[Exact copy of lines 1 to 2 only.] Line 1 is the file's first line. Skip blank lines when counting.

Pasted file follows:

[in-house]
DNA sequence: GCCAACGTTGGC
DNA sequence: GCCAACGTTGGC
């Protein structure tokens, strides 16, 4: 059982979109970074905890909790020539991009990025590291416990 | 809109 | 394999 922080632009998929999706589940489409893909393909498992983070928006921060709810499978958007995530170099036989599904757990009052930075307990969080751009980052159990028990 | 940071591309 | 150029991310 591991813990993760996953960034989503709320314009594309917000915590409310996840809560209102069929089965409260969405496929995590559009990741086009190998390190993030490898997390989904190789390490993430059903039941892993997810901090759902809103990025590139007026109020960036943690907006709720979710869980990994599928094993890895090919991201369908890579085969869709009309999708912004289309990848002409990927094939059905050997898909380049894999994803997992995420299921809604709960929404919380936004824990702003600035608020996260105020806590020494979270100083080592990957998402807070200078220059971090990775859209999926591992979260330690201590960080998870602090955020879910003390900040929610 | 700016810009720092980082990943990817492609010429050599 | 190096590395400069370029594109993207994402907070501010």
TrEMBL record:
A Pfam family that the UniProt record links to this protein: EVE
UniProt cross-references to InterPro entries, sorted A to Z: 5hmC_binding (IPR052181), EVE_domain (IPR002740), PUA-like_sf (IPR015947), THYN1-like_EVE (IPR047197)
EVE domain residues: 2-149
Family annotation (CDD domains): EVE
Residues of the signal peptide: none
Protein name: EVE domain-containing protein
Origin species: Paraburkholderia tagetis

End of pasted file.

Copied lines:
[in-house]
DNA sequence: GCCAACGTTGGC